While most fleets are selective about the types of trucks they purchase, many pull from at least a handful of different manufacturers. As a result, expect to get experience handling, inspecting, diagnosing and repairing semi-trucks/equipment from an array of companies — which can be an interesting upside of working for a fleet. 

Beyond their make and model, the trucks you work on may range in age from brand new to 10 years old. This can make a job within a fleet more challenging, exposing you to problems that arise within various equipment. 

3. You’ll Be in a Good Learning Environment

There is always plenty of work to be done when working for a fleet. The importance of keeping trucks up and running can’t be overstated. However, in many cases, trucking companies are prepared for breakdowns and often have an extra truck (or two) to use in the interim. 

As a result, working for a trucking company tends to be a slower environment than working in a dealership. In turn, this allows time for new mechanics to shadow/train with a seasoned technician for a portion of their day where they can ask questions and garner insights.

This can be a valuable experience, allowing diesel mechanics to learn a variety of skills quickly.  

Related: What Certifications Do I Need as a Diesel Technician?

Blue semi truck hood open in maintenance shop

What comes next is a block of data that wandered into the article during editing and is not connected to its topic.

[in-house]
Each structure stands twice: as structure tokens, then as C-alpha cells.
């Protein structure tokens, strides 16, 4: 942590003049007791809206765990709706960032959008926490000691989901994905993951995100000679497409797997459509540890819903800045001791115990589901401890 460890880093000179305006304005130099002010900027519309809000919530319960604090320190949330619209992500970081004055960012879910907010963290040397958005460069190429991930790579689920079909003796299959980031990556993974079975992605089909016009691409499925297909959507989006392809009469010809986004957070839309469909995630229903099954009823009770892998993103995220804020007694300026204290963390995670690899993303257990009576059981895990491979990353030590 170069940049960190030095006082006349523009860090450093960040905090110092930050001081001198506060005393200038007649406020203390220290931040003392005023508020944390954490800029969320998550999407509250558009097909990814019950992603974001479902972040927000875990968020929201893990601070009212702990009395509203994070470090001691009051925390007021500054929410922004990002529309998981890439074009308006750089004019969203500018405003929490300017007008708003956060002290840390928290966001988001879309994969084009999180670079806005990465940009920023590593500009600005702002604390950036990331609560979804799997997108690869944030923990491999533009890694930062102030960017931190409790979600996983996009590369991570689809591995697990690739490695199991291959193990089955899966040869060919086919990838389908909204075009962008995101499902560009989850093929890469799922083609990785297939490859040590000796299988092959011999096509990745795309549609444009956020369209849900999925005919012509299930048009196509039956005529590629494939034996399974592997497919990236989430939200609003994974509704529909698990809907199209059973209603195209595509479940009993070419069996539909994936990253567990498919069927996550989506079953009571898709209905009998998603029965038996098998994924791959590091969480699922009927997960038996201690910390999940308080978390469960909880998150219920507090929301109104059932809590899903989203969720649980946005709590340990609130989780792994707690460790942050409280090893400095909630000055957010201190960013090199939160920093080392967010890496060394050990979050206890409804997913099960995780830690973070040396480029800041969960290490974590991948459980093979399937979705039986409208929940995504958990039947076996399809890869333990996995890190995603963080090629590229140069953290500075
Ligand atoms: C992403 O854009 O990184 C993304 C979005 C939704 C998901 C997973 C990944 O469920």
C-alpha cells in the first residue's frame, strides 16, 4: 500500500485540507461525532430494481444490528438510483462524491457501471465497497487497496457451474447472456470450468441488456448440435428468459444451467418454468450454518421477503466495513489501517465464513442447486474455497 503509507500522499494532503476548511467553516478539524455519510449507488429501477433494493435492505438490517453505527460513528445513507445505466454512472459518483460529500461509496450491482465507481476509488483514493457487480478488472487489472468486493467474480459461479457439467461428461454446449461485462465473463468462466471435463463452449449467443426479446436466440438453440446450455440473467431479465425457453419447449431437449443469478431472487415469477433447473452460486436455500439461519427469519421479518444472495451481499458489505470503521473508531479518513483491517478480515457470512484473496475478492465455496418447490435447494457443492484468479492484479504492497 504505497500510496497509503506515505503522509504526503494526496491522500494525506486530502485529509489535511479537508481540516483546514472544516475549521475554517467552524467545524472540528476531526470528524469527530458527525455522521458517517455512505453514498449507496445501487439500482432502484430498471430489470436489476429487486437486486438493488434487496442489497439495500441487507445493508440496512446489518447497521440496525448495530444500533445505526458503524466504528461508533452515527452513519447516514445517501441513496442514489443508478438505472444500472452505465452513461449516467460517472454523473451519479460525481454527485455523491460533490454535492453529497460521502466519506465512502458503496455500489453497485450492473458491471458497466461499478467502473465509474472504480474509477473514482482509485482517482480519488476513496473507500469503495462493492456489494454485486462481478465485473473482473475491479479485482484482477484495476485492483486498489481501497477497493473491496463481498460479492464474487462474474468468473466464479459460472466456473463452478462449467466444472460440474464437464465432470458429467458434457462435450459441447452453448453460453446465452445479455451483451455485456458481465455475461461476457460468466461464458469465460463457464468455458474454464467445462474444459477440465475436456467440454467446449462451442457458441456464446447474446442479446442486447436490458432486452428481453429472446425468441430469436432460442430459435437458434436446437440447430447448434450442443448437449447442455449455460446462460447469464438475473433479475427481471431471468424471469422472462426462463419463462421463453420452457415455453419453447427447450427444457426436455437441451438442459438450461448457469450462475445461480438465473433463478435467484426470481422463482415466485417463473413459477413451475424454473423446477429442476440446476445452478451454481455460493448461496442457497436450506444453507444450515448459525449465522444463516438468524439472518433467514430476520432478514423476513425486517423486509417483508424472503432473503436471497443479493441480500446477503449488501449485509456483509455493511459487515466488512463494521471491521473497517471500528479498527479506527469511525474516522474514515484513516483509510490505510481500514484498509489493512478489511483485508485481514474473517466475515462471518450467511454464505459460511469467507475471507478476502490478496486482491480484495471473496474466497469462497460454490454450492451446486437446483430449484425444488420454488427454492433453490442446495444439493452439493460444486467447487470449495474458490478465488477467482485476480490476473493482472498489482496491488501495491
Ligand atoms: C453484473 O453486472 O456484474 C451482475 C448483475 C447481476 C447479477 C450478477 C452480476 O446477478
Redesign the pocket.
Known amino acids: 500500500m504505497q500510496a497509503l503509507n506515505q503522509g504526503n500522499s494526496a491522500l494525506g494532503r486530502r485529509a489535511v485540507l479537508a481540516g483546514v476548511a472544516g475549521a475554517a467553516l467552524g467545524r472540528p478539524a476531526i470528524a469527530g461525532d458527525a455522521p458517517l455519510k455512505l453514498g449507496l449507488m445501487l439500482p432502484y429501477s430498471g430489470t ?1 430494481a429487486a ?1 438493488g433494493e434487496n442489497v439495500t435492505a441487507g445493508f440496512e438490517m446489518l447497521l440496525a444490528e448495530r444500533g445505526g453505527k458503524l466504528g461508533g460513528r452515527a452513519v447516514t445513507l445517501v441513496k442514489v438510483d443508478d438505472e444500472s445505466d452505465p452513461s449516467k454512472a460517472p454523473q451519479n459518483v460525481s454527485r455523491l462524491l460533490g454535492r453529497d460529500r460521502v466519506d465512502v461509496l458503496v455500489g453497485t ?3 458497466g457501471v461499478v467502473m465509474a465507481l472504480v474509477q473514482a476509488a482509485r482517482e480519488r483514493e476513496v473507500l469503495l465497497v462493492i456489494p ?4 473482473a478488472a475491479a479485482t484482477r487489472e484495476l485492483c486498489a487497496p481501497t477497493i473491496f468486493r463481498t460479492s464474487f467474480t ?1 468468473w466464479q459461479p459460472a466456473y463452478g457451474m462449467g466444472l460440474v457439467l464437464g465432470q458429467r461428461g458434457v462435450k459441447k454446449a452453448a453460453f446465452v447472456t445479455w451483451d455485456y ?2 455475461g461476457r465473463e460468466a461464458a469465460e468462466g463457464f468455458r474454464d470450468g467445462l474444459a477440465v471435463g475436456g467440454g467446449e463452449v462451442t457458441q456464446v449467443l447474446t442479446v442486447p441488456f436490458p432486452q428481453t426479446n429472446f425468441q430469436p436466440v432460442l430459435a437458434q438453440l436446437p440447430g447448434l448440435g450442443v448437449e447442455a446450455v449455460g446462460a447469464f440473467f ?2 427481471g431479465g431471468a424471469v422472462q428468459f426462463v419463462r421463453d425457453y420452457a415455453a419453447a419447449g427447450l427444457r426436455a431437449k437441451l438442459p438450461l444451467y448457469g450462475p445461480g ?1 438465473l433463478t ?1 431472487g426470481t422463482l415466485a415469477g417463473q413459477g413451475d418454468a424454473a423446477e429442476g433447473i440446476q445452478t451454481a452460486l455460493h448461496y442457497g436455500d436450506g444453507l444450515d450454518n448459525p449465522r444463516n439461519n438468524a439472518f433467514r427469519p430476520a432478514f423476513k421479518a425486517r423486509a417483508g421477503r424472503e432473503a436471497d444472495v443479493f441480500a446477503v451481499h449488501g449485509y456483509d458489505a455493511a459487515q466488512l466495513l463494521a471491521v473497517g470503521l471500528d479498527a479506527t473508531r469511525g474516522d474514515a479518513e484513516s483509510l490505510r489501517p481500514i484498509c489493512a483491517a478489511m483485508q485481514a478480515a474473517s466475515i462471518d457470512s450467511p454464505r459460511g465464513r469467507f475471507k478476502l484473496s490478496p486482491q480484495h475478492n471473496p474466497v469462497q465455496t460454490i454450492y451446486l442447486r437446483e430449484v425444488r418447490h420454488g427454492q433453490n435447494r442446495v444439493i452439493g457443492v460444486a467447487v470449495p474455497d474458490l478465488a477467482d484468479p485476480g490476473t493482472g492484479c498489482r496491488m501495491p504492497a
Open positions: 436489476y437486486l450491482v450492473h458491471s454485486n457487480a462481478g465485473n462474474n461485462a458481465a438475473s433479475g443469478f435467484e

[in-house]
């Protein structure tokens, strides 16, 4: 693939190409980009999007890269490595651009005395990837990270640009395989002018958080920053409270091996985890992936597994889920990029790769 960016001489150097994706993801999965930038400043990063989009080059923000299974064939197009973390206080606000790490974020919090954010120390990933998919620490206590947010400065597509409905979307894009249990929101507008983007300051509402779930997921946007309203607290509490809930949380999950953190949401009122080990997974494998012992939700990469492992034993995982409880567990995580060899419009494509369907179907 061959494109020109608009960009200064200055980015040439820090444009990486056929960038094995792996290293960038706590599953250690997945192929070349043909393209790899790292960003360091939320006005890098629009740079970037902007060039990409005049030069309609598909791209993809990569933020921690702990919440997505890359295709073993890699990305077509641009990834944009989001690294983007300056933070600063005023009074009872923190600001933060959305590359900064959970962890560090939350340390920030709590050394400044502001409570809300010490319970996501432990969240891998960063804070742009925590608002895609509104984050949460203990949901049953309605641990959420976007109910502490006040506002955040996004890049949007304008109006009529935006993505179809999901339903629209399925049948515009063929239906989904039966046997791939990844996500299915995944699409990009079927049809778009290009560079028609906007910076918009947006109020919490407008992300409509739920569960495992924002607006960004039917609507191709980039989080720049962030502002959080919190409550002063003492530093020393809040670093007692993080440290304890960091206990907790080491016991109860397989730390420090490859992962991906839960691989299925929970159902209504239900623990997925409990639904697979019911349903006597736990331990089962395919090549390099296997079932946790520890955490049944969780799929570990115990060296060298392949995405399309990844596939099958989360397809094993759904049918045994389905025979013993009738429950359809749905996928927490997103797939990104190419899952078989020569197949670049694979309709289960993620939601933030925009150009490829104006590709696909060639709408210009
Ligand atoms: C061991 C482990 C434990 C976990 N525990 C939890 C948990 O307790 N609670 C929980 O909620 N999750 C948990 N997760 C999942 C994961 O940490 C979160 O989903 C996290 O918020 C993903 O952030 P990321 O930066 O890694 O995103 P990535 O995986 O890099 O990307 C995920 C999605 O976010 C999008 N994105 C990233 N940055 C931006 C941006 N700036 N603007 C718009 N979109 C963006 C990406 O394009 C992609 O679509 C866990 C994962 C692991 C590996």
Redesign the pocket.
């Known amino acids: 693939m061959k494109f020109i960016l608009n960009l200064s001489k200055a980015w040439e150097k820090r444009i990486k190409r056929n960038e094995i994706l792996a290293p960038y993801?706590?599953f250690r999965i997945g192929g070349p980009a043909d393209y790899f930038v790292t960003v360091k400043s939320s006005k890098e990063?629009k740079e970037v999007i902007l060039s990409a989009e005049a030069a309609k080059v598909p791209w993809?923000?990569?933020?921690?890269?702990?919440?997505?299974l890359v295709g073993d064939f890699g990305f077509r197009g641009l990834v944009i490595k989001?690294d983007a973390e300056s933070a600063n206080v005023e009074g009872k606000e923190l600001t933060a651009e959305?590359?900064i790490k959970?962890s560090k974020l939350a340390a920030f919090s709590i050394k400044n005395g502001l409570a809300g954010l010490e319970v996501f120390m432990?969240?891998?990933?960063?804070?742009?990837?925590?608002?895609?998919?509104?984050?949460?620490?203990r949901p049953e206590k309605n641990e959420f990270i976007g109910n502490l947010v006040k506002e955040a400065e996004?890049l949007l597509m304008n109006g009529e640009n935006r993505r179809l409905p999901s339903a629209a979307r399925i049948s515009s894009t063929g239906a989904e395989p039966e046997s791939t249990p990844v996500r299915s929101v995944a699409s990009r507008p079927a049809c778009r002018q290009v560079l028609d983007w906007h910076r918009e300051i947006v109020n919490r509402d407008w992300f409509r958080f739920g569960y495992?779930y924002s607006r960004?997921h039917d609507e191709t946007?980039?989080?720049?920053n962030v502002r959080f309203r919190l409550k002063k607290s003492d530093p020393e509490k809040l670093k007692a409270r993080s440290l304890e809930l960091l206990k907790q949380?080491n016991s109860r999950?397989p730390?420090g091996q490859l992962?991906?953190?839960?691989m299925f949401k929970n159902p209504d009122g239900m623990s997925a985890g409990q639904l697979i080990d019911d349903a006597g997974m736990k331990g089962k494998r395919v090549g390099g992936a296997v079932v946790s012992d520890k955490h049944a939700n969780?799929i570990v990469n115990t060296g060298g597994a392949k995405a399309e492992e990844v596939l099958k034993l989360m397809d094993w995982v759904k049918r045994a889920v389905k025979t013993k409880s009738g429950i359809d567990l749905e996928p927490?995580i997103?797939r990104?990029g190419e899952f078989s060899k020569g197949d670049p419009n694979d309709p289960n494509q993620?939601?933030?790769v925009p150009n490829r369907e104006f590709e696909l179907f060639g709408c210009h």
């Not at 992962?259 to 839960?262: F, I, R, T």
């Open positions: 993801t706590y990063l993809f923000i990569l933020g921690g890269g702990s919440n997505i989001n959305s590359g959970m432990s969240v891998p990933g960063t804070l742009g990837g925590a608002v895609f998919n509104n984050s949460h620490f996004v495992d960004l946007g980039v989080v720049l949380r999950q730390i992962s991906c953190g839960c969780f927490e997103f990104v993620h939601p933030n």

Disadvantages of Working For a Fleet as a Diesel Mechanic

At this point, applying to a fleet might seem like the best path for you, given the advantages we’ve just covered. This is an excellent way for mechanics to hone their craft in many situations. 

Before you jump in feet first, though, here are two realities of working for a trucking company to keep in mind:

  1. You may not have as much access to new technology
  2. You will possibly have to work on older equipment

1. You May Not Have as Much Access to New Technology

Compared to dealerships that don’t have the same expenses, some trucking companies choose not to invest as readily in new technologies for their technicians and mechanics to use. 

While this isn’t the case everywhere., you could end up using aged tools and technology in a fleet setting, which can be a disadvantage for those who want to remain on the cutting edge by continually using the latest and greatest.

2. You Will Possibly Have to Work on Older Equipment 

Semi-trucks and other transportation equipment are really expensive to purchase. This makes it hard for trucking companies to buy brand-new trucks and trailers regularly. Carriers may keep trucks in rotation for 5-10 years (or more), before swapping them out for something new. 

As a diesel technician for a fleet, you may not have access to newer equipment. This can be frustrating when things break down more regularly or when dated equipment gets more challenging to repair. 

What Does it Mean to be a Dealership Technician?

As a diesel mechanic employed by a semi-truck dealership, your job is to work on, test, repair and service the commercial motor vehicles (semi-trucks) produced by a specific manufacturer or set of manufacturers. 

Whether it’s new (hot off the line) equipment for sale, or a used vehicle brought in for repair, dealership technicians are expected to uncover and solve mechanical issues for the vehicles their dealership specializes in. 

This includes ordering parts, fixing engines and working on brakes, steering components and fuel injection systems. You’ll also be responsible for diagnosing a wide variety of issues to ensure every truck runs efficiently. 

Often, dealerships are fast-paced, quick-turn environments where customers await their solution anxiously. Having a truck (especially if it’s their only one) in the shop can be a significant burden.